Lobbying on Capitol Hill

 

Half of the AJWS rabbinic cohort with whom I will be traveling to Guatemala

Half of the AJWS rabbinic cohort with whom I will be traveling to Guatemala

Congressman Richard Hanna (R-NY)

Congressman Richard Hanna (R-NY)

Congresswoman Debbie Wasserman Schultz

Congresswoman Debbie Wasserman Schultz

Congresswoman Jan Schakowski of Illinois

Congresswoman Jan Schakowsky of Illinois

Those of us who lobbied at Congressman Elliot Engel and Nita Lowey's offices

Those of us who lobbied at Congressman Elliot Engel and Nita Lowey’s offices

Lobbying at Senators' Gillibrand and Schumer's offices

Lobbying at Senators’ Gillibrand and Schumer’s offices

Yes, a salon in the Senate building

Yes, a salon in the Senate building

Yesterday morning, after a 7:45 AM group photo on the Capitol Steps, we had breakfast in Rayburn, a Congressional building, after which 5 AJWS Congresspeople on the Hill (both Democrats and Republicans) who are AJWS friends and supporters, addressed us about their being cosponsors of IVAWA (the International Violence Against Women Act) and about their support of LGBT rights here and abroad, which are both primary AJWS foci.

These included Congressman Ted Deutch (D-Florida), whose rabbi, David Englander, is in my rabbinic cohort traveling to Guatemala this summer; Congressman Debbie Wasserman Schultz (D-Florida), who is also the Chair of the Democratic National Committee; Congressman Lee Zeldin (R-NY) who shared that it was his rabbi who had persuaded him on this issue; Congresswoman Jan Schakowsky (D-Illinois); Congressman Richard Hanna (R-NY); and Congressman Chris Gibson (R-NY).

It was clear that for the Republicans, AJWS’s lobbying was fundamental to their understanding of the issues (whether because of the influence of an AJWS supporter like Rep. Zeldin’s rabbi or because of AJWS’s direct lobbying on the Hill).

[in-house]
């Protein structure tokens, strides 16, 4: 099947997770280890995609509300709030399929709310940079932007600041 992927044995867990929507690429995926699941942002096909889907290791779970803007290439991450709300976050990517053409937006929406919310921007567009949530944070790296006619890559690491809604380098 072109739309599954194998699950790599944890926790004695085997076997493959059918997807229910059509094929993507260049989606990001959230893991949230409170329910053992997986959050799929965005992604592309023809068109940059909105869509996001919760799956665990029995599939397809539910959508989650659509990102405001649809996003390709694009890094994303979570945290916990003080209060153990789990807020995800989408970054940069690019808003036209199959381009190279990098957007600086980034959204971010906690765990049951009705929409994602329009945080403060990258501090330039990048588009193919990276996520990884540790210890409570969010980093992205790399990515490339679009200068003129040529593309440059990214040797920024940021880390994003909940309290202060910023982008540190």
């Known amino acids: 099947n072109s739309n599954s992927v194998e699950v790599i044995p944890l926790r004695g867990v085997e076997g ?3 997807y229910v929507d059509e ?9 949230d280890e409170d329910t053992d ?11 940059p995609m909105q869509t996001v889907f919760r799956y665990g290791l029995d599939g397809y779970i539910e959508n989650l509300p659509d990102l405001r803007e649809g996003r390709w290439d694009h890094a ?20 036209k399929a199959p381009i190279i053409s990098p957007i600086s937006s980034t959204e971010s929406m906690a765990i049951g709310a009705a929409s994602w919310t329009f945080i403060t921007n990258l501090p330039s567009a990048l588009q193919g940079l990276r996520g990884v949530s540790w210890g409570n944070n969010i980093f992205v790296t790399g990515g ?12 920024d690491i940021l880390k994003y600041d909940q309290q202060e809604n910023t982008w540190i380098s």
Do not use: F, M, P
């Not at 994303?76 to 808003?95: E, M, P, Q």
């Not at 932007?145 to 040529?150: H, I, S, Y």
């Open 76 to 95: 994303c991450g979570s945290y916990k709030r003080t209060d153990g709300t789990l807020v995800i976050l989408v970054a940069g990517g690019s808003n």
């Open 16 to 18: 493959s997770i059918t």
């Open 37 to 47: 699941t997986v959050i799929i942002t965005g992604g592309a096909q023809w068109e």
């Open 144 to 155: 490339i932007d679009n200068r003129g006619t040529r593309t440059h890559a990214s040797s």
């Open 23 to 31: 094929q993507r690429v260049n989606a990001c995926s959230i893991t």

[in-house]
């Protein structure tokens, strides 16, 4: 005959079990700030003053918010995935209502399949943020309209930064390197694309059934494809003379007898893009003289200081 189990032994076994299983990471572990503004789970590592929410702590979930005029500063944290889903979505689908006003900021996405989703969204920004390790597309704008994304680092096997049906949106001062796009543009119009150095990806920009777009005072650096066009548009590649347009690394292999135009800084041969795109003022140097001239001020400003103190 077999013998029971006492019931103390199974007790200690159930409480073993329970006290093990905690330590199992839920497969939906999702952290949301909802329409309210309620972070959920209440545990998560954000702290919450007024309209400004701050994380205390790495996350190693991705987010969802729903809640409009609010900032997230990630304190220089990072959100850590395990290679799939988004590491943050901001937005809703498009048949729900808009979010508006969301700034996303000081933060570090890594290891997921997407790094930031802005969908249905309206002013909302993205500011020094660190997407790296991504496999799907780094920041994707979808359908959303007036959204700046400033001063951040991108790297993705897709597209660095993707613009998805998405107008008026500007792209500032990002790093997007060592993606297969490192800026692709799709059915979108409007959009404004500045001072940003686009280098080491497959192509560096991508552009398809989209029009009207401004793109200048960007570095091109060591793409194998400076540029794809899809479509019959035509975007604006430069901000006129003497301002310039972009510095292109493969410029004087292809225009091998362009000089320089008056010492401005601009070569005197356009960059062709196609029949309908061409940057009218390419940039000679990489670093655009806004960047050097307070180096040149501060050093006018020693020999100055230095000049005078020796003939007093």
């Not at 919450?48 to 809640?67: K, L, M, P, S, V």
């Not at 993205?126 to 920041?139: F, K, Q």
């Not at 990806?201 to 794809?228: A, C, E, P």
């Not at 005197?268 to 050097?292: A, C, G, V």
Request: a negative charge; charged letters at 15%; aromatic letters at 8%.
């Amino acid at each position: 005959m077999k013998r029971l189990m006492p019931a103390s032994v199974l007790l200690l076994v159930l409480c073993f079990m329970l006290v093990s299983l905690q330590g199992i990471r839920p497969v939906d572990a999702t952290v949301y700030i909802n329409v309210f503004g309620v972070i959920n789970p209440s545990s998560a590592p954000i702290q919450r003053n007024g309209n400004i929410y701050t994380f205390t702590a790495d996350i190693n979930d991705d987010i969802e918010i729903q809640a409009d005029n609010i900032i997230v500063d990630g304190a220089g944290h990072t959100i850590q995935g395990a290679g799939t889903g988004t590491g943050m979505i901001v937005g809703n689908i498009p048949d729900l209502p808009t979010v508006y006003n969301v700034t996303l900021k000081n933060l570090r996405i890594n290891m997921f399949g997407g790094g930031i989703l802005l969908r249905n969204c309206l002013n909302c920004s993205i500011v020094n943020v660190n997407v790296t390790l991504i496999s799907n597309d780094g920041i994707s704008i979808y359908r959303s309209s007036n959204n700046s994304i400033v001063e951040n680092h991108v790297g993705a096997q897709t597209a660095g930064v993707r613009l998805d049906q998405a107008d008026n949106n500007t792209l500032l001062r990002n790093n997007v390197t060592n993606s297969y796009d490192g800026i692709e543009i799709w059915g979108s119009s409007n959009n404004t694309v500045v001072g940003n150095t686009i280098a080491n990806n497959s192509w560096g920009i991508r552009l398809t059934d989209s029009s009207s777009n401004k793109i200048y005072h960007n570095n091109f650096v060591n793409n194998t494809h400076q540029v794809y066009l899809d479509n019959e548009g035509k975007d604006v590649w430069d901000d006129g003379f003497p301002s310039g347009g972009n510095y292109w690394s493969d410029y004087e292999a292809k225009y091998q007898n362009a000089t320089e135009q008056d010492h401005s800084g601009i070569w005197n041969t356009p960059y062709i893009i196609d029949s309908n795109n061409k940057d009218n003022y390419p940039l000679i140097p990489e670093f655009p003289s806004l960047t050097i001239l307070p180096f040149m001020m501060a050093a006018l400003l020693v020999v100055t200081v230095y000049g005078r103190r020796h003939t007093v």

Chris Gibson, a Republican who was an original cosponsor of both IVAWA and IHRDA (the International Human Rights Defense Act which built protection of LGBT rights into the framework of US diplomacy), said that his military and security background is what had helped him to see a connection between human rights and national security.

Republican Lee Zeldin also spoke about his military background and how, in Iraq, he would get battle update briefs with red dots highlighting places where rape and sexual violence was taking place as further casualties of war. He also made the connection that as leaders of the free world, the US has to make this work a priority.

Ted Deutch cited the documentary “Girl Rising” as one of his influences, as well, about which he said that you can’t watch it and not think that “this work [of getting girls an education and out of cycles of early childhood marriage or sex slavery] is as important as anything we will do in our lives.” (BTW, I own a copy of the film and am happy to show it anywhere, anytime and lead a discussion. I agree that it is ESSENTIAL viewing.)

Debbie Wasserman Schultz, who sits on the House Committee on Appropriations, talked about how the subcommittee deals with many of the issues that AJWS cares about: hunger of children, women’s empowerment, and the plight of women and children internationally. She called Ruth Messinger, AJWS president, “a force of nature” and said that the “world is so much better because of Ruth’s advocacy and leadership.” Those of us who know Ruth couldn’t agree more.